Sleep deprivation accelerates Alzheimer’s brain damage

Study in mice, people explains why poor sleep linked to Alzheimer’s From the WashU Newsroom… Poor sleep has long been linked with Alzheimer’s disease, but researchers have understood little about how sleep disruptions drive the disease. Now, studying mice and people, researchers at Washington University School of Medicine in St. Louis have found that sleep […]

Blood test detects Alzheimer’s damage before symptoms

Test also may identify neurodegeneration in other brain diseases, injuries From the WashU School of Medicine News… A simple blood test reliably detects signs of brain damage in people on the path to developing Alzheimer’s disease – even before they show signs of confusion and memory loss, according to a new study from Washington University […]

New hope for old disease

Doctors may soon be able to predict, prevent Alzheimer’s disease From the WashU Outlook Magazine… Caring for an aging relative with Alzheimer’s disease, watching memories slowly slip away, is an exhausting and heartbreaking ordeal. For those with the condition, modern medicine can offer little in the way of treatment as the disease inexorably strips away […]

Decreased deep sleep linked to early signs of Alzheimer’s disease

Toxic brain protein tau elevated in older people who sleep poorly From the WashU School of Medicine News… Poor sleep is a hallmark of Alzheimer’s disease. People with the disease tend to wake up tired, and their nights become even less refreshing as memory loss and other symptoms worsen. But how and why restless nights […]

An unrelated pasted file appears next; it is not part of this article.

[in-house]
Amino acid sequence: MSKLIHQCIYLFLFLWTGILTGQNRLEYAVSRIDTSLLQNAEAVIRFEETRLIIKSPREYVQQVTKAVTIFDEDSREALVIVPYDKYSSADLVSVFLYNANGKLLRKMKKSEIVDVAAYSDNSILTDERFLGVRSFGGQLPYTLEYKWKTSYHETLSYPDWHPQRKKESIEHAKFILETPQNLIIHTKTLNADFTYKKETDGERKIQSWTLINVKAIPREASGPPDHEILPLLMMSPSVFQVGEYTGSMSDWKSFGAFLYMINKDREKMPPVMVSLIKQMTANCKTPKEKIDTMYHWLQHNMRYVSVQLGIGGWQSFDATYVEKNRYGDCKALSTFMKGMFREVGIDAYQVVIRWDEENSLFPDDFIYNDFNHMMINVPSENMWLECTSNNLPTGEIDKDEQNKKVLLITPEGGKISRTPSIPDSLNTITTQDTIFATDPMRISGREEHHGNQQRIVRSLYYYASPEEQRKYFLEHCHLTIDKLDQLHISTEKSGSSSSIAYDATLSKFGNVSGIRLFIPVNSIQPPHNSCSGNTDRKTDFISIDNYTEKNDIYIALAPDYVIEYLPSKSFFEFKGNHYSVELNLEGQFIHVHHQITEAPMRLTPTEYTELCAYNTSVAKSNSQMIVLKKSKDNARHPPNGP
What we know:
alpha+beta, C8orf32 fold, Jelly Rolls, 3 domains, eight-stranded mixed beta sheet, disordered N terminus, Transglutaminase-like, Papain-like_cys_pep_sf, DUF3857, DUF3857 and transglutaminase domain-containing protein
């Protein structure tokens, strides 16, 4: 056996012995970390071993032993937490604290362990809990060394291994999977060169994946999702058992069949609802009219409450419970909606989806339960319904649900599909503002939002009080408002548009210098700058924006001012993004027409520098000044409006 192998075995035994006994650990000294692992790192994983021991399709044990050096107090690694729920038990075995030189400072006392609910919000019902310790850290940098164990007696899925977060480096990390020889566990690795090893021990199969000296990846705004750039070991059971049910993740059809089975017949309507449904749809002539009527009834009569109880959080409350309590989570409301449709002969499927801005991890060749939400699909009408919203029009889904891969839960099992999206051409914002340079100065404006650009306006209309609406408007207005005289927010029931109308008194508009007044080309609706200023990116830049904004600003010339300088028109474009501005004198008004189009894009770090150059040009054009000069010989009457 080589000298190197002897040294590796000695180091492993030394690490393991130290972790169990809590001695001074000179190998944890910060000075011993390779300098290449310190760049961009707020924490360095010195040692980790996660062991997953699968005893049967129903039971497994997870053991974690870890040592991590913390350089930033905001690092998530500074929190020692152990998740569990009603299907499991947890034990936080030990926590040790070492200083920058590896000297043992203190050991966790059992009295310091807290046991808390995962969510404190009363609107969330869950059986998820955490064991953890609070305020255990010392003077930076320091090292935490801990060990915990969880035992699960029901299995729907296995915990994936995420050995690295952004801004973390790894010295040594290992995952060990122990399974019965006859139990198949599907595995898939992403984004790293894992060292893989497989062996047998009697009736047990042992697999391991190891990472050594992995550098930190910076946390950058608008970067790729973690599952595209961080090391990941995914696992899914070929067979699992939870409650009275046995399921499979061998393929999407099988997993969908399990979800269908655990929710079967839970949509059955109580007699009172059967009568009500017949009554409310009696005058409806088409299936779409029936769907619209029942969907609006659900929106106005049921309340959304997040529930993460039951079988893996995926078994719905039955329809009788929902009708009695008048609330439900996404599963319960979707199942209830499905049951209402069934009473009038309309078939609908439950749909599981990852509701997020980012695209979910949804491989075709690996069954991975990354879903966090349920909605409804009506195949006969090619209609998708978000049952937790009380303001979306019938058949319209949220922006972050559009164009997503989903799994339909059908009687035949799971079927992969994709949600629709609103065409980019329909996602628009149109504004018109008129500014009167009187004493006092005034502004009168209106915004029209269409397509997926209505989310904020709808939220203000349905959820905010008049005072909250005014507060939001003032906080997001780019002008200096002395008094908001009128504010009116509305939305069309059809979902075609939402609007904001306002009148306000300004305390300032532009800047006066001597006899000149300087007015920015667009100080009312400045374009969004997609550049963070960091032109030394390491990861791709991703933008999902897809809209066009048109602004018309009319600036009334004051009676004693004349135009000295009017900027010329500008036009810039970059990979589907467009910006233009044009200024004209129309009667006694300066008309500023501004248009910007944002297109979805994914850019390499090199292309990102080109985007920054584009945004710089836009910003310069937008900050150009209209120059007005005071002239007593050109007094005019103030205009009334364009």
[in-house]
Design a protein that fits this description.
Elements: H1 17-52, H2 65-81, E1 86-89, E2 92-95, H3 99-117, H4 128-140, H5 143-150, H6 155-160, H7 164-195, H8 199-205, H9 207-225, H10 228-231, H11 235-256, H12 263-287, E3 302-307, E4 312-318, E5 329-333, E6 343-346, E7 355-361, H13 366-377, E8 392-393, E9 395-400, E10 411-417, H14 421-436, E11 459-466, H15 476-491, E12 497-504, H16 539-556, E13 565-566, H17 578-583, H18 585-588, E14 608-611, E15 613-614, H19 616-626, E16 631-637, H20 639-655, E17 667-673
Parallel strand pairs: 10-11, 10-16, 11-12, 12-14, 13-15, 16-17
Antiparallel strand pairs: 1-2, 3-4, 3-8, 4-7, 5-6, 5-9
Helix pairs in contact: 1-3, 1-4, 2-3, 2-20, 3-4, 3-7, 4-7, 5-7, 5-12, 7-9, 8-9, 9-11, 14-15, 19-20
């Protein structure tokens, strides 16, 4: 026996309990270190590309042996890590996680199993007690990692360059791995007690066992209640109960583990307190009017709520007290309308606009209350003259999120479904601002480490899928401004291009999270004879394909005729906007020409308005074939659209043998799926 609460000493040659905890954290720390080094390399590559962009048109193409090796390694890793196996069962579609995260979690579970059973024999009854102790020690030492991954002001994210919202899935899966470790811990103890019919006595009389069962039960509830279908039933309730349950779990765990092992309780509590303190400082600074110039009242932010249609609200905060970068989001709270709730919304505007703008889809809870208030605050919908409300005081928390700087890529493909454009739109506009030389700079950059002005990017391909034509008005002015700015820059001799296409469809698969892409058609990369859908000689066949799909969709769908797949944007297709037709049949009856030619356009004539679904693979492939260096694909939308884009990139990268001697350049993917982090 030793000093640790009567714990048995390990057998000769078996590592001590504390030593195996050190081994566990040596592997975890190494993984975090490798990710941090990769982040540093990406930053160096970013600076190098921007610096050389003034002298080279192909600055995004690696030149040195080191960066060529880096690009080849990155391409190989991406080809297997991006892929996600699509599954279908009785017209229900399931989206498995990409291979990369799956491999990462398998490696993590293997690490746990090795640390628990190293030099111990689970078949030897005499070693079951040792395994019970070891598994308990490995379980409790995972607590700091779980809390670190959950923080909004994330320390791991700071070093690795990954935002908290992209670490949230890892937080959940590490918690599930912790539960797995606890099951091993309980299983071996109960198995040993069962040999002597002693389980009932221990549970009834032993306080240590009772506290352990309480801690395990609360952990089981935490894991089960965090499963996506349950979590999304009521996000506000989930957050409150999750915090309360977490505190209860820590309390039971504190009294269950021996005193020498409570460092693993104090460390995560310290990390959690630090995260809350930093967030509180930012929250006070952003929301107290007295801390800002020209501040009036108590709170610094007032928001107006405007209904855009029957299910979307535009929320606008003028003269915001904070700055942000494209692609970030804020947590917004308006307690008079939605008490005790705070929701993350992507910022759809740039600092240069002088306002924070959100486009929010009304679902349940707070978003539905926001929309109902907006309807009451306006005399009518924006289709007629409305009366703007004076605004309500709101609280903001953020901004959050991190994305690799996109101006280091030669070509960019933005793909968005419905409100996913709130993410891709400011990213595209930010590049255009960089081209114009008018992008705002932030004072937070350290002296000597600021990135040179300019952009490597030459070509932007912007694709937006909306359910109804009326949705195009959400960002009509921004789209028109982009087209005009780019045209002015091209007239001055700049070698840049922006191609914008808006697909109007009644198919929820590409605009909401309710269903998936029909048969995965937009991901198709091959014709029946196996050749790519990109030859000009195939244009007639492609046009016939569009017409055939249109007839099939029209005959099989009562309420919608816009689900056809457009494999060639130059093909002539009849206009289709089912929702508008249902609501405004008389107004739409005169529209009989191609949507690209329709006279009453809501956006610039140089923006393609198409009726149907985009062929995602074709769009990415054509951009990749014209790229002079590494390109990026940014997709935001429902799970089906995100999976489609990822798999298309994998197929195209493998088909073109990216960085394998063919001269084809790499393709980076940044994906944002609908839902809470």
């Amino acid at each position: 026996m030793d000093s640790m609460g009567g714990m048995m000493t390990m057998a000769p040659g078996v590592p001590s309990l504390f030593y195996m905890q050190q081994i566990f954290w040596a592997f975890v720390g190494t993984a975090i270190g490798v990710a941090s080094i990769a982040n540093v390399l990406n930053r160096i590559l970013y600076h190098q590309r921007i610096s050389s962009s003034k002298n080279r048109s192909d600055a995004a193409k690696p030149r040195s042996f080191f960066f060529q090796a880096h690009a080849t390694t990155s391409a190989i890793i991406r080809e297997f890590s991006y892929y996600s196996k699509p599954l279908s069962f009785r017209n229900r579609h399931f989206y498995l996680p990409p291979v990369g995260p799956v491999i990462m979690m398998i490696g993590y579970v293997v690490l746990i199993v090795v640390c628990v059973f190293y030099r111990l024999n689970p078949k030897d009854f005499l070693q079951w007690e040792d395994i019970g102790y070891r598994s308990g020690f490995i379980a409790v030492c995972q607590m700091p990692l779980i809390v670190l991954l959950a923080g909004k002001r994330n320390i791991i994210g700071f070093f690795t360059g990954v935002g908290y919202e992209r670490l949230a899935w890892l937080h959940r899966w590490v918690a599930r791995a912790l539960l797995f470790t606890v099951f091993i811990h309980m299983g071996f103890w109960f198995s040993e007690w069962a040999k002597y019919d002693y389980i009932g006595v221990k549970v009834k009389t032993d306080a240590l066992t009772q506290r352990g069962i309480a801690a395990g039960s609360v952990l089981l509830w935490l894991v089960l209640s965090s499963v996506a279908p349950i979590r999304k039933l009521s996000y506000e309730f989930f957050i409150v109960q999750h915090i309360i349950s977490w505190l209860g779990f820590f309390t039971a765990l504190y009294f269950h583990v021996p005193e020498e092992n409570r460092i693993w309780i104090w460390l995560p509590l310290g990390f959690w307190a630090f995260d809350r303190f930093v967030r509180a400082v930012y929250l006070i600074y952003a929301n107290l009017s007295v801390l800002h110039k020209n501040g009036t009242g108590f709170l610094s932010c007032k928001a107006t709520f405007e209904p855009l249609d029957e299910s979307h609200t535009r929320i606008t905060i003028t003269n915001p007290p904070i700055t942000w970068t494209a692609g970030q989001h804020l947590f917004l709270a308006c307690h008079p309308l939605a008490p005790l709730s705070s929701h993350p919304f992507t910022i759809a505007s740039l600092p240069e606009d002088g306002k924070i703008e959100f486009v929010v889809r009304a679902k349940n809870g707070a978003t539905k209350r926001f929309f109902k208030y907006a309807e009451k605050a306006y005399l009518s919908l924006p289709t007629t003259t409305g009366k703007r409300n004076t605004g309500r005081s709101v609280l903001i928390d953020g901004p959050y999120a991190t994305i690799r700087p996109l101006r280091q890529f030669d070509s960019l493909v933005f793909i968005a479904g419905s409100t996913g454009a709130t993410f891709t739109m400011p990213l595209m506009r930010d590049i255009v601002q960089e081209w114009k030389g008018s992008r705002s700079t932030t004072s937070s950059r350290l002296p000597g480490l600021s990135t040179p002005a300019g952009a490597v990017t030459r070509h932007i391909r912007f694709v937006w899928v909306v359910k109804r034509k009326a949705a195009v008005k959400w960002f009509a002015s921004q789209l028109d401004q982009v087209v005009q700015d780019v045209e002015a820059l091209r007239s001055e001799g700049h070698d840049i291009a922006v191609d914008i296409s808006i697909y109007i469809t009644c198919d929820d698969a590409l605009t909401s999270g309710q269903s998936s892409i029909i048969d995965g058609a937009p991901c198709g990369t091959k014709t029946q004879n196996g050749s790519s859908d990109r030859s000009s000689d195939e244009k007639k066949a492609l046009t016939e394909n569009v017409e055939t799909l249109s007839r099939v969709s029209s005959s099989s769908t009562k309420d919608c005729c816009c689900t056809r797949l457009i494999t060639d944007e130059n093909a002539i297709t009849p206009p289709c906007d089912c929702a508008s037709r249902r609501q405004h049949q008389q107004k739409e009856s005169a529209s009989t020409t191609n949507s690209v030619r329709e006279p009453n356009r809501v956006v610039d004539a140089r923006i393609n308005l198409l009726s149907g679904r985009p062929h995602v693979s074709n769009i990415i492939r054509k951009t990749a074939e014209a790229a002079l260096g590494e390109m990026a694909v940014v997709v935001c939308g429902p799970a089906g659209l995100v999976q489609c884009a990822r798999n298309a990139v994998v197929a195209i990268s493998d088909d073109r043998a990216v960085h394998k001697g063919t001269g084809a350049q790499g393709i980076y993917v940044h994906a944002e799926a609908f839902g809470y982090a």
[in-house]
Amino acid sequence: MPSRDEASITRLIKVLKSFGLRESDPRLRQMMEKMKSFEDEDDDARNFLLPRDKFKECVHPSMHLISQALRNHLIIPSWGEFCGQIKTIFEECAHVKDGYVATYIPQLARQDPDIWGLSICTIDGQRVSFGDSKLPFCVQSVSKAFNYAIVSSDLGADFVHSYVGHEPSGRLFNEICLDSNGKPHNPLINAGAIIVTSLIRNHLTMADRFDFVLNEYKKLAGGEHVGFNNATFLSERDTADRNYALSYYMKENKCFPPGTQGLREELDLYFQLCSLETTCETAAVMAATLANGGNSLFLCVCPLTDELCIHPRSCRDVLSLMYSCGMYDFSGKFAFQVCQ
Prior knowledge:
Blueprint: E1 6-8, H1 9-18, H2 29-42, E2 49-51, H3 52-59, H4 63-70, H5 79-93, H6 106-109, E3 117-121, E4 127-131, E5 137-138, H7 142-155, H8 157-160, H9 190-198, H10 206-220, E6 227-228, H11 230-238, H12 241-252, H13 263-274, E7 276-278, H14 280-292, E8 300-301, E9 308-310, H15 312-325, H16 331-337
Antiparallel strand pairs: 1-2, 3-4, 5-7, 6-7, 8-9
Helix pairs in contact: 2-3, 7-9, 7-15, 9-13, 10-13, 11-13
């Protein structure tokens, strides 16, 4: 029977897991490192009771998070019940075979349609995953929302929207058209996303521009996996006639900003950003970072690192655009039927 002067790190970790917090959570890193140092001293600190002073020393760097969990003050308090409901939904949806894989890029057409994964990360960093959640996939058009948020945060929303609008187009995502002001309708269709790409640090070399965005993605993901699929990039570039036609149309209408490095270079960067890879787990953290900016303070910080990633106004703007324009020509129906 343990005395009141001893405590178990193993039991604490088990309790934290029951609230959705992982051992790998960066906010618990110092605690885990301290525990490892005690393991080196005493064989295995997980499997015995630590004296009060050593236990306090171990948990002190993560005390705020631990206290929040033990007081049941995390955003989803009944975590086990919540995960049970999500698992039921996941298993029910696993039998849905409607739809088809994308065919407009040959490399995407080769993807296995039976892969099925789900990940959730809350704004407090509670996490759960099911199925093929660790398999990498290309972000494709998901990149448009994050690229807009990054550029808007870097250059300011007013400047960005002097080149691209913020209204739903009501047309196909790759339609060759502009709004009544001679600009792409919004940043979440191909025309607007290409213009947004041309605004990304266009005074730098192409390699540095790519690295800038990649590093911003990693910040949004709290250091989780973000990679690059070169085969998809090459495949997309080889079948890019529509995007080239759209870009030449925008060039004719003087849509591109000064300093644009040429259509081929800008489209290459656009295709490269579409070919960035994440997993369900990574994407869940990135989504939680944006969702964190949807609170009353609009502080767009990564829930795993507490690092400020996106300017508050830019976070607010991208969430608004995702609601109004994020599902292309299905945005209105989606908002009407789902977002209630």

Mice sleeping fitfully provide clues to insomnia

Genetically engineered mice mimic common sleep problems From the WashU School of Medicine News… Mice that sleep fitfully could help researchers unravel the mystery of insomnia. Researchers at Washington University School of Medicine in St. Louis studied mice genetically modified to mimic the genetic disease neurofibromatosis type 1 (NF1), which is associated with sleep problems. […]

Racial differences in Alzheimer’s disease unveiled

Findings suggest possible race-linked variations on how disease arises, develops From the WashU School of Medicine News… African-Americans may be twice as likely as Caucasian Americans to develop Alzheimer’s disease, but nobody knows why because studies investigating the underlying causes of illness have historically drawn from a nearly all-white pool of research participants. Consequently, little […]

People who act out dreams needed for study

Phenomenon linked to Parkinson’s, dementia, other serious neurodegenerative diseases From the WashU School of Medicine News… Picture this: A soccer referee, dreaming he’s on the pitch, flings his arm up with an imaginary red card and accidentally smacks his sleeping partner in the face. Funny? Maybe on TV. In real life, acting out dreams is […]

Regrowing damaged nerves hinges on shutting down key genes

Injured neurons temporarily revert to immature state From the WashU School of Medicine News… Neurons in the brain and spinal cord don’t grow back after injury, unlike those in the rest of the body. Cut your finger, and you’ll probably be back to using it in days or weeks; slice through your spinal cord, and […]

$6.3 million for center to develop new tracers for PET scans